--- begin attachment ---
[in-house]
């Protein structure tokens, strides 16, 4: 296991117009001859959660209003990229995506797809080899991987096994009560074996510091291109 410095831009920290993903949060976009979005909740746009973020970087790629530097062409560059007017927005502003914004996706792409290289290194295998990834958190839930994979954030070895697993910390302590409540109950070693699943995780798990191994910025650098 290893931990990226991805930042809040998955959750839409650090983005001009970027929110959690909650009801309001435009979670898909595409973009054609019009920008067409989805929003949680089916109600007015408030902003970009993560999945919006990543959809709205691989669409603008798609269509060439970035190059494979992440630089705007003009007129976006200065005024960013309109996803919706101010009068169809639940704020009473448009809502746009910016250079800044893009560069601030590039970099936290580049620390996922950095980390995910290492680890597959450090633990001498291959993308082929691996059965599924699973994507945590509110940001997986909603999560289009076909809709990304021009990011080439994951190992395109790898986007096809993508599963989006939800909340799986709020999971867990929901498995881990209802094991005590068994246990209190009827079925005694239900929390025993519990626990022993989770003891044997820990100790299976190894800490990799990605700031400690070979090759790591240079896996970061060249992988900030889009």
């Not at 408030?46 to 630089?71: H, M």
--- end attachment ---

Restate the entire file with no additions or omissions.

[in-house]
């Protein structure tokens, strides 16, 4: 296991117009001859959660209003990229995506797809080899991987096994009560074996510091291109 410095831009920290993903949060976009979005909740746009973020970087790629530097062409560059007017927005502003914004996706792409290289290194295998990834958190839930994979954030070895697993910390302590409540109950070693699943995780798990191994910025650098 290893931990990226991805930042809040998955959750839409650090983005001009970027929110959690909650009801309001435009979670898909595409973009054609019009920008067409989805929003949680089916109600007015408030902003970009993560999945919006990543959809709205691989669409603008798609269509060439970035190059494979992440630089705007003009007129976006200065005024960013309109996803919706101010009068169809639940704020009473448009809502746009910016250079800044893009560069601030590039970099936290580049620390996922950095980390995910290492680890597959450090633990001498291959993308082929691996059965599924699973994507945590509110940001997986909603999560289009076909809709990304021009990011080439994951190992395109790898986007096809993508599963989006939800909340799986709020999971867990929901498995881990209802094991005590068994246990209190009827079925005694239900929390025993519990626990022993989770003891044997820990100790299976190894800490990799990605700031400690070979090759790591240079896996970061060249992988900030889009």
């Not at 408030?46 to 630089?71: H, M």